It is not easy to define the exact amount of “foreignness” in Ts’u. One unmistakable non-Chinese expression is given; that is kou-u-du, or “suckled by a tigress.” Then, again, the syllable ngao occurs phonetically in many titles and in native personal names, such as jo-ngao, tu-ngao, kia-ngao, mo-ngao. There are no Ts’u songs in the Odes as edited by Confucius, and the Ts’u music is historically spoken of as being “in the southern sound"; which may refer, it is true, to the accent, but also possibly to a strange language. The Ts’u name for “Annals,” or history, was quite different from the terms used in Tsin and Lu, respectively; and the Ts’u word for a peculiar form of lameness, or locomotor ataxy, is said to differ from the expressions used in either Wei and Ts’i. So far aspossible, all Ts’u dignities were kept in the royal family, and the king’s uncle was usually premier. The premier of Ts’u was called Zing-yin, a term unknown to federal China; and Ts’u considered the left-hand side more honourable than the right, which at that time was not the case in China proper, though it is now. The “Borough-English” rule of succession in Ts’u was to give it to one of the younger sons; this statement is repeated in positive terms by Shuh Hiang, the luminous statesman of Tsin, and will be further illustrated when we come to treat of that subject specially. The Lu rule was “son after father; or, if none, then younger after eldest brother; if the legitimate heir dies, then next son by the same mother; failing which, the eldest son by any mother; if equal claims, then the wisest; if equally wise, cast lots”: Lu rules would probably hold good for all federal China, because the Duke of Chou, founder of Lu, was the chief moral force in the original Chou administration. In the year 587 Lu, when coquetting between Tsin and Ts’u, was at last persuaded not to abandon Tsin for Ts’u, “who is not of our family, and can never have any real affection.” Once in Tsin it was asked, about a prisoner: “Who is that southernhatted fellow?” It was explained that he was a Ts’u man. They then handed him a guitar, and made him sing some “national songs.” In 597 a Ts’u envoy to the Tsin military durbar said: “My prince is not formed for the fine and delicate manners of the Chinese”: here is distinct evidence of social if not ethnological cleaving. The Ts’u men had beards, whilst those of Wu were not hirsute: this statement proves that the two barbarian populations differed between themselves. In 635 the King of Ts’u spoke of himself as “the unvirtuous” and the “royal old man"–designations both appropriate only to barbarians under Chinese ritual. In 880 B.C., when the imperial power was already waning, and the first really historical King of Ts’u was beginning to bring under his authority the people between the Han and the Yang-tsz, he said: “I am a barbarian savage, and do not concern myself with Chinese titles, living or posthumous.” In 706, when the reigning king made his first conquest of a petty Chinese principality (North Hu Peh), he said again: “I am a barbarian savage; all the vassals are in rebellion and attacking each other; I want with my poor armaments to see for myself how Chou governs, and to get a higher title.” On being refused, he said: “Do you forget my ancestor’s services to the father of the Chou founder?" Later on, as has already been mentioned, he put in a claim for the Nine Tripods because of the services his ancestor, “living in rags in the Jungle, exposed to the weather,” had rendered to the founder himself. In 637, when the future Second Protector and ruler of Tsin visited Ts’u as a wanderer, the King of Ts’u received him with all the hospitalities “under the Chou rites," which fact shows at least an effort to adopt Chinese civilization. In 634 Lu asked Ts’u’s aid against Ts’i, a proceeding condemned by the historical critics on the ground that Ts’u was a “barbarian savage” state. On the other hand, by the year 560 the dying King of Ts’u was eulogized as a man who had successfully subdued the barbarian savages. But against this, again, in 544 the ruler of Lu expressed his content at having got safely back from his visit to Ts’u, i.e. his visit to such an uncouth and distant court. Thus Ts’u’s emancipation from “savagery” was gradual and of uncertain date. In 489 the King of Ts’u declined to sacrifice to the Yellow River, on the ground that his ancestors had never presumed to concern themselves with anything beyond the Han and Yang-tsz valleys. Even Confucius, (then on his wanderings in the petty state of CH’EN) declared his admiration at this, and said: “The King of Ts’u is a sage, and understands the Great Way (tao)." On the other hand, only fifty years before this, when in 538 Ts’u, with Tsin’s approval, first tried her hand at durbar work, the king was horrified to hear from a fussy chamberlain (evidently orthodox) that there were six different ways of receiving visitors according to their rank; so that Ts’u’s ritual decorum could not have been of very long standing. The following year (537) a Tsin princess is given in marriage to Ts’u– a decidedly orthodox feather in Ts’u’s cap. Confucius affects a particular style in his history when he speaks of barbarians; thus an orthodox prince “beats” a barbarian, but “battles" with an orthodox equal. However, in 525, Ts’u and Wu “battle” together, the commentator explaining that Ts’u is now “promoted” to battle rank, though the strict rule is that two barbarians, or China and one barbarian, “beat” rather than “battle.” In 591 Confucius had already announced the “end” of the King of Ts’u, not as such, but as federal viscount. Under ordinary circumstances “death” would have been good enough: it is only in speaking of his own ruler’s death that the honorific word “collapse” is used. All these fine distinctions, and many others like them, hold good for modern Chinese. These (apparently to us) childish gradations in mere wording run throughout Confucius’ book; but we must remember that his necessarily timid object was to “talk at” the wicked, and to “hint” at retribution. Even a German recorder of events would shrink from applying the word haben to the royal act of a Hottentot King, for whom hat is more than good enough, without the allergnaedigst. And we all remember Bismarck’s story of the way mouth-washes and finger-bowls were treated at Frankfurt by those above and below the grade of serene highness. Toutes les vices et toutes les moeurs sont respectables.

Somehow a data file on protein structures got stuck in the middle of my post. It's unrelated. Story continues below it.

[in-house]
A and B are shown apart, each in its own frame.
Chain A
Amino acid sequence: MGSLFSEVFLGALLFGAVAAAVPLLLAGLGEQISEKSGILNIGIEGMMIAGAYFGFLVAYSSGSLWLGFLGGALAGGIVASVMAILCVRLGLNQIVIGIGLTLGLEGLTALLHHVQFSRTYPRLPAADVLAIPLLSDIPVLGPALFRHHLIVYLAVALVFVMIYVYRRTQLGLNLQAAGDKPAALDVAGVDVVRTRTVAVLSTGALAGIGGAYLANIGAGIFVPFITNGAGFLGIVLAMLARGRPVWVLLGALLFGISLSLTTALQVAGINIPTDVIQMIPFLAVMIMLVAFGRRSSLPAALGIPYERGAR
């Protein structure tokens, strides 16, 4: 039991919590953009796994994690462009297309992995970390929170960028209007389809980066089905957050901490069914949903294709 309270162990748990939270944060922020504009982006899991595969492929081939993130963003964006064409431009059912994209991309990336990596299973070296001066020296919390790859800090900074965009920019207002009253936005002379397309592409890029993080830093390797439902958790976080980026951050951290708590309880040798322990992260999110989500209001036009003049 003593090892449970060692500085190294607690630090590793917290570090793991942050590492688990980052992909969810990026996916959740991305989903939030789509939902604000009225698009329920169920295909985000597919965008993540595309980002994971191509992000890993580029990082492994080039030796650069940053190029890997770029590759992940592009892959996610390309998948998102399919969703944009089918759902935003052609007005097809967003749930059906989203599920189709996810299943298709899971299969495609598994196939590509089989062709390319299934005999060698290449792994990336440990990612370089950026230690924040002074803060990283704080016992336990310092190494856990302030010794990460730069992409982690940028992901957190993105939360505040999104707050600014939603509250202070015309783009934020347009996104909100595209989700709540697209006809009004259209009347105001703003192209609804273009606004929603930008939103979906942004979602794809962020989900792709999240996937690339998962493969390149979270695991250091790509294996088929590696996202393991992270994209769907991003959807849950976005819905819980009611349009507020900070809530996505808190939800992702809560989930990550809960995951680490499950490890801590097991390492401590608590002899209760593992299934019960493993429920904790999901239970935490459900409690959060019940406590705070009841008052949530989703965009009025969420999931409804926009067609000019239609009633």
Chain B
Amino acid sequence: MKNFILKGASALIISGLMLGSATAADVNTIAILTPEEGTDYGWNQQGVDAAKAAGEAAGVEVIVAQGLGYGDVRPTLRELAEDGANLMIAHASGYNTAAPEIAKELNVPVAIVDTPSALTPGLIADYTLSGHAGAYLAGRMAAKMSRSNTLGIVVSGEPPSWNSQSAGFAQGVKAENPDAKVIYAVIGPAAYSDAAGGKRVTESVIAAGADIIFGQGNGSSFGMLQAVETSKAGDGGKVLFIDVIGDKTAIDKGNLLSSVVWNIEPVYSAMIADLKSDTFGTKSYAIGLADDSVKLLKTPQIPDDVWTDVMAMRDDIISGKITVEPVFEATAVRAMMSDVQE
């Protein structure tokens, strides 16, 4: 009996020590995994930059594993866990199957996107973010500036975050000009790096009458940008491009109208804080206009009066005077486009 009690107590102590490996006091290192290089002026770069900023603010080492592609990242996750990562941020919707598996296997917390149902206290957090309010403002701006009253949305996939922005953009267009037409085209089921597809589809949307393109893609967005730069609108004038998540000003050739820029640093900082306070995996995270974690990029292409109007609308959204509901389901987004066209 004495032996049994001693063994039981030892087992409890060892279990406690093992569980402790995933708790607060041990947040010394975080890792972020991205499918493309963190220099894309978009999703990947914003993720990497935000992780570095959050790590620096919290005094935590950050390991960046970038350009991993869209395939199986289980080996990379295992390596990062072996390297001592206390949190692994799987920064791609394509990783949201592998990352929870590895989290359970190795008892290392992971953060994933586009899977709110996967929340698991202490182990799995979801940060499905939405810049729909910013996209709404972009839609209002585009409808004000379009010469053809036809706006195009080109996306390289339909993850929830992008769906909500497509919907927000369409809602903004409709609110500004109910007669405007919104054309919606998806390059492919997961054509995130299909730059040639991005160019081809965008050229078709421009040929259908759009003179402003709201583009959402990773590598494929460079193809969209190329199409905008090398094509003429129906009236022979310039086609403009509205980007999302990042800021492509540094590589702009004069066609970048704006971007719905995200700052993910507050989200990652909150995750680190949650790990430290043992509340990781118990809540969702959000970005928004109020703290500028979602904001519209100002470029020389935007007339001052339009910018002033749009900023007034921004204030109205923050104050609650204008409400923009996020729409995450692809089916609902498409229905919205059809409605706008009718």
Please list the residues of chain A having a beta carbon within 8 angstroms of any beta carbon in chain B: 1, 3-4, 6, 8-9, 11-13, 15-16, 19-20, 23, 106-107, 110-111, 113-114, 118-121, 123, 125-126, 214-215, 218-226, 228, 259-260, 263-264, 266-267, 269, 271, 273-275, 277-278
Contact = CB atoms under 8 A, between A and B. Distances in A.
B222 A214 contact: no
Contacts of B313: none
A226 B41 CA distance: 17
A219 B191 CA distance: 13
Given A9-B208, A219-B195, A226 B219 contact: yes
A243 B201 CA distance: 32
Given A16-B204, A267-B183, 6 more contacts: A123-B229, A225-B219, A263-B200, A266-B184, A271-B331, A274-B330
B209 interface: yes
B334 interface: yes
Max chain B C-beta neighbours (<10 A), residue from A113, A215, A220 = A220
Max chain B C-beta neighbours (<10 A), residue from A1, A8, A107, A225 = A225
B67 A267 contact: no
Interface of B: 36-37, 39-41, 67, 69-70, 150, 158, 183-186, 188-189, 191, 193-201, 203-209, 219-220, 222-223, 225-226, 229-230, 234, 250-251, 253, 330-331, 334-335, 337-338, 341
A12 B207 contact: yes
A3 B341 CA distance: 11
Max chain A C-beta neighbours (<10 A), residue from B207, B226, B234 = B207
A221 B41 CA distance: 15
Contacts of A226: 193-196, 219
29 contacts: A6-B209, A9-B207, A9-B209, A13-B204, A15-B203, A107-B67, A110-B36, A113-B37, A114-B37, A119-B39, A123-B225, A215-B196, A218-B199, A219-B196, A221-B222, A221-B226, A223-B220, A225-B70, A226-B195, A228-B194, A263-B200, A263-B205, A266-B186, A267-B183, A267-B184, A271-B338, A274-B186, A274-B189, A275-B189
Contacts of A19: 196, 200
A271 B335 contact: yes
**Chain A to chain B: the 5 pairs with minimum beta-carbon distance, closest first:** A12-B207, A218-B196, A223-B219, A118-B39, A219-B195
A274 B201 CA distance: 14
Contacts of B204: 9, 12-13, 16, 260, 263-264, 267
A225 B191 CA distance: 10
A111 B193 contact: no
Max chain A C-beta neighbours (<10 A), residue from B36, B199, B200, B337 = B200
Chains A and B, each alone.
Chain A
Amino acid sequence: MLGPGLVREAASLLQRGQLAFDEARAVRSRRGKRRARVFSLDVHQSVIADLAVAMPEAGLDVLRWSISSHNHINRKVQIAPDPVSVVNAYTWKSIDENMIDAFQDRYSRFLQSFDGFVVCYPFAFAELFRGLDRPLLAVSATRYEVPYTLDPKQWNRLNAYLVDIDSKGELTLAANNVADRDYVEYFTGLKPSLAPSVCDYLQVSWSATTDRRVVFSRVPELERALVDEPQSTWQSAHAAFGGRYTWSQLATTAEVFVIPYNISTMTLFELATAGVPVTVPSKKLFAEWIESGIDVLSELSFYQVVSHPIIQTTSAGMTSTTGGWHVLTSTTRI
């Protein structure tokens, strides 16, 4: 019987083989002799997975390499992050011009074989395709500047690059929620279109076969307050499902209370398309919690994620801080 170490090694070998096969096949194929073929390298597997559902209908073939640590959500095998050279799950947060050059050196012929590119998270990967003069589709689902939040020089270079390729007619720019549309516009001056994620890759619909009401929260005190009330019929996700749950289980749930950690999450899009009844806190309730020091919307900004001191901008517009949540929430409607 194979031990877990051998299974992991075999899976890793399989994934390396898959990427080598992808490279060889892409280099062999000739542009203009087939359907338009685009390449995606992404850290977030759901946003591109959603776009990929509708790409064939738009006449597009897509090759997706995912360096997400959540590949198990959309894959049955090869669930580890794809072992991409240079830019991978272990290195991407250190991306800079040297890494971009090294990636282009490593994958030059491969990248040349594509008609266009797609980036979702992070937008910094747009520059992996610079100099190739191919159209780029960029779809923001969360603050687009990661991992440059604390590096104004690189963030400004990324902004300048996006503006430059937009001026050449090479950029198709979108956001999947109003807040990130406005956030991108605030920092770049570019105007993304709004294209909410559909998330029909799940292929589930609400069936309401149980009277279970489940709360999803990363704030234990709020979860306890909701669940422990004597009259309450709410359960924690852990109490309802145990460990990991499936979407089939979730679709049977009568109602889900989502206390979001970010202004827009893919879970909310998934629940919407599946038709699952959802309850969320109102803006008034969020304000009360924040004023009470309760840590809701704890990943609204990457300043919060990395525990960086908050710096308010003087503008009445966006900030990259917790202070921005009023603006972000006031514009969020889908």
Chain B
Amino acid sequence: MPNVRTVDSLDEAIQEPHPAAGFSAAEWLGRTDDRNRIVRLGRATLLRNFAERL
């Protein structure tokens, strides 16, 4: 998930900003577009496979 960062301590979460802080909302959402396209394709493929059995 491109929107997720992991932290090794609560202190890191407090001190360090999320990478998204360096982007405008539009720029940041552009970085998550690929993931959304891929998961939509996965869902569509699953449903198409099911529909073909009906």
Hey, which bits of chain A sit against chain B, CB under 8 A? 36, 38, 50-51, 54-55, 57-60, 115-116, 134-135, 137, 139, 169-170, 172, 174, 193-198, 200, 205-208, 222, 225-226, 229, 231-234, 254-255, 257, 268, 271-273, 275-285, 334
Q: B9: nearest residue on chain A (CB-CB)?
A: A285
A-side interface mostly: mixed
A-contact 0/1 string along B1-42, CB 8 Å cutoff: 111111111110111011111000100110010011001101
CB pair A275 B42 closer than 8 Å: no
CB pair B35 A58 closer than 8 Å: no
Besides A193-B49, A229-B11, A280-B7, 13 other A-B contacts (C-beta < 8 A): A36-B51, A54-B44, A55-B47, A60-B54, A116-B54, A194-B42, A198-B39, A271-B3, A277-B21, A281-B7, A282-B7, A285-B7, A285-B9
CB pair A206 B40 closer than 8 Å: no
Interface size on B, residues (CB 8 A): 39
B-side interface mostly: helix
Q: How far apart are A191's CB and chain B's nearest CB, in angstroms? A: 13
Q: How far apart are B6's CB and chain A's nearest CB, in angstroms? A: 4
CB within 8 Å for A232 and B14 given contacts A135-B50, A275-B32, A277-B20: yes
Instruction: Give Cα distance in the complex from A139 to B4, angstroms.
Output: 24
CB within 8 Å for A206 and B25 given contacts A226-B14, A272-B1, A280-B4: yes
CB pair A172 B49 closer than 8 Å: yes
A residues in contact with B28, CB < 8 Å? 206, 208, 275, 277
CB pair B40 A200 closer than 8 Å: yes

In 531 the barbarian King of Ts’u is honoured by being “named” for enticing and murdering a “ruler of the central kingdoms.” The pedants are much exercised over this, but as the federal prince in question was a parricide, he had a lupinum caput, and so even a savage could without outraging orthodox feelings wreak the law on him. On the other hand, in 526, when Ts’u enticed and killed a mere barbarian prince, the honour of “naming” was withheld. This delicate question will be further elucidated in the Chapter on “Names.”